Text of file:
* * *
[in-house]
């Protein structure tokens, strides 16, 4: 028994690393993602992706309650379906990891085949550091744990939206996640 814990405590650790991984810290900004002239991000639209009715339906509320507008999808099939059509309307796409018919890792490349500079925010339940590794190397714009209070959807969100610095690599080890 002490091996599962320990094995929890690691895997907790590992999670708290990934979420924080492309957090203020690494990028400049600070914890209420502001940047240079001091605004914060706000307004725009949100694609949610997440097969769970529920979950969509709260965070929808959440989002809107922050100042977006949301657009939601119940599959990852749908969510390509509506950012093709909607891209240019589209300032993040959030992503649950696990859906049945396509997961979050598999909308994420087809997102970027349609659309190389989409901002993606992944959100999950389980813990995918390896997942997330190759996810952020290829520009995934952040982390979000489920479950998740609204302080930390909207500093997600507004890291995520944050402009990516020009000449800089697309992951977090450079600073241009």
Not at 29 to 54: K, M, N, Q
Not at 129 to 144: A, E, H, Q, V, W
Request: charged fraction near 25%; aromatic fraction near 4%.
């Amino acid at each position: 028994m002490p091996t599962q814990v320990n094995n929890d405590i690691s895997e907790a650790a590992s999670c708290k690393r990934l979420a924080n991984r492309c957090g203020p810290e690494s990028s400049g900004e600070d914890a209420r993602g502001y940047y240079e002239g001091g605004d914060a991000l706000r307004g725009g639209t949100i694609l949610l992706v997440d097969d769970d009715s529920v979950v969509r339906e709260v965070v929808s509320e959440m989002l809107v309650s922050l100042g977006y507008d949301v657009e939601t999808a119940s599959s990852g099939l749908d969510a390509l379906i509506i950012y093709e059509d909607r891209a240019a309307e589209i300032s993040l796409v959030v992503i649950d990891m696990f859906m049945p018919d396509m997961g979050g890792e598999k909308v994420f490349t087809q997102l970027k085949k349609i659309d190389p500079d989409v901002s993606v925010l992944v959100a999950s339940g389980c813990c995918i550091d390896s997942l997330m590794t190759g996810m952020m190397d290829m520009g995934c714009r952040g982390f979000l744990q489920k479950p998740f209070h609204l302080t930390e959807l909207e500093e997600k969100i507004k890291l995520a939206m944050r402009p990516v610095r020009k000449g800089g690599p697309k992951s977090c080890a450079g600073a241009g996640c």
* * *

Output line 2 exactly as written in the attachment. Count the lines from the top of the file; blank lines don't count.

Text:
């Protein structure tokens, strides 16, 4: 028994690393993602992706309650379906990891085949550091744990939206996640 814990405590650790991984810290900004002239991000639209009715339906509320507008999808099939059509309307796409018919890792490349500079925010339940590794190397714009209070959807969100610095690599080890 002490091996599962320990094995929890690691895997907790590992999670708290990934979420924080492309957090203020690494990028400049600070914890209420502001940047240079001091605004914060706000307004725009949100694609949610997440097969769970529920979950969509709260965070929808959440989002809107922050100042977006949301657009939601119940599959990852749908969510390509509506950012093709909607891209240019589209300032993040959030992503649950696990859906049945396509997961979050598999909308994420087809997102970027349609659309190389989409901002993606992944959100999950389980813990995918390896997942997330190759996810952020290829520009995934952040982390979000489920479950998740609204302080930390909207500093997600507004890291995520944050402009990516020009000449800089697309992951977090450079600073241009």